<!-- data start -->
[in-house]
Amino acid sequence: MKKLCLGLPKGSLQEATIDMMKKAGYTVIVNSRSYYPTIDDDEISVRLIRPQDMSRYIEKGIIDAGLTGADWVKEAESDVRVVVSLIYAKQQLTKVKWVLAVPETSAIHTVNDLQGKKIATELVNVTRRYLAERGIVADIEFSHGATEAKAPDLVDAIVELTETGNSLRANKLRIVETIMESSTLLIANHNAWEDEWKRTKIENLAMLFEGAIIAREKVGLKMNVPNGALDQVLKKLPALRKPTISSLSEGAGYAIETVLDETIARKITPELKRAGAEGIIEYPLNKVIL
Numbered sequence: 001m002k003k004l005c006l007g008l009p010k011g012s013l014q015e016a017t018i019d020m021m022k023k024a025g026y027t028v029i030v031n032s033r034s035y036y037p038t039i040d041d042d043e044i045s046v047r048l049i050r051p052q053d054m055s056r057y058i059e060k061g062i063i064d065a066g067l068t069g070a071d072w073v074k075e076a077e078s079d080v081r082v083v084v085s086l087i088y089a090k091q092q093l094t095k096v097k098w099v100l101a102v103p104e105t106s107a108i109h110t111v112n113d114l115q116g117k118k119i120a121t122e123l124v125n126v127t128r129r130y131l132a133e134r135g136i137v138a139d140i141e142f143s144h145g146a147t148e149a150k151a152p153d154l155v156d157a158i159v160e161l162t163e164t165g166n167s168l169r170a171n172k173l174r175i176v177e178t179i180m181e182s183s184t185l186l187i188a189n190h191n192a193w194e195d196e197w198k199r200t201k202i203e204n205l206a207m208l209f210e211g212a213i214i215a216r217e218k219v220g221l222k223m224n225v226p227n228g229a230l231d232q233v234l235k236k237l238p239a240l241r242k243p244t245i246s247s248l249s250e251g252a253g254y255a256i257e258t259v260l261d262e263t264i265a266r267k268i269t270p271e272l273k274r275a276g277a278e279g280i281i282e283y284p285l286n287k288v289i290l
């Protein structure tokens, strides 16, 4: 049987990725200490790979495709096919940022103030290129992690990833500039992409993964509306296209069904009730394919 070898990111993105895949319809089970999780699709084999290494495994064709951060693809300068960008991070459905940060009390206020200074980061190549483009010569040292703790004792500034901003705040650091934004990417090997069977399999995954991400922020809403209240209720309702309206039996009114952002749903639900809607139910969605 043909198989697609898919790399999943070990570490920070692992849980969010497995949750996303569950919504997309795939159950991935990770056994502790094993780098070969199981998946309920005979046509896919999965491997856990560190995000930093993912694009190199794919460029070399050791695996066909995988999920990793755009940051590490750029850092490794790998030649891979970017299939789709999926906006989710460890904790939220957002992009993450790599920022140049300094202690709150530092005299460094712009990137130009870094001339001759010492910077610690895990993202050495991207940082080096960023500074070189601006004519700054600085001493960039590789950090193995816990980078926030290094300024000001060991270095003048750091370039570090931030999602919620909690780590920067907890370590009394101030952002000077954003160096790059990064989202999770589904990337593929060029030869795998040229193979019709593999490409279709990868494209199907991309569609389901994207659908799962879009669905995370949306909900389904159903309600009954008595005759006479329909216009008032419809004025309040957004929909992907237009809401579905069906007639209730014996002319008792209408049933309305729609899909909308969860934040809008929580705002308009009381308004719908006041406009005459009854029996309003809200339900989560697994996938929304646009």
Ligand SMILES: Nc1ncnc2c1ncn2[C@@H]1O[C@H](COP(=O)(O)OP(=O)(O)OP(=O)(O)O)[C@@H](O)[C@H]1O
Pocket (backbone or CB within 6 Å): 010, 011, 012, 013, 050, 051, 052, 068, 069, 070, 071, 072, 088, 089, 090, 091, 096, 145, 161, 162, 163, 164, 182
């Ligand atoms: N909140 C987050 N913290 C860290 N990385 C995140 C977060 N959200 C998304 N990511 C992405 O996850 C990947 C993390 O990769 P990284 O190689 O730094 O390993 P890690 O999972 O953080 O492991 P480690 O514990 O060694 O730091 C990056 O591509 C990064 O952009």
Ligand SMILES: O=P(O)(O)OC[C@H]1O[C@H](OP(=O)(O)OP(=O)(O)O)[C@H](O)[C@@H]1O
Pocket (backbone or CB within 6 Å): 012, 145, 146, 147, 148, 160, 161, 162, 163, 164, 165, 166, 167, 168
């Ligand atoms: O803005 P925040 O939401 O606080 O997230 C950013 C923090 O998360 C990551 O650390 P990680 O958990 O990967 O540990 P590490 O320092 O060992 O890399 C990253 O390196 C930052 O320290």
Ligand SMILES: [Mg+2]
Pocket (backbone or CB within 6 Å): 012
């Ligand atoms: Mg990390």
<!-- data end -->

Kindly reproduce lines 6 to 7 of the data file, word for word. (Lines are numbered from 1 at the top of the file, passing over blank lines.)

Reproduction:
Pocket (backbone or CB within 6 Å): 010, 011, 012, 013, 050, 051, 052, 068, 069, 070, 071, 072, 088, 089, 090, 091, 096, 145, 161, 162, 163, 164, 182
């Ligand atoms: N909140 C987050 N913290 C860290 N990385 C995140 C977060 N959200 C998304 N990511 C992405 O996850 C990947 C993390 O990769 P990284 O190689 O730094 O390993 P890690 O999972 O953080 O492991 P480690 O514990 O060694 O730091 C990056 O591509 C990064 O952009």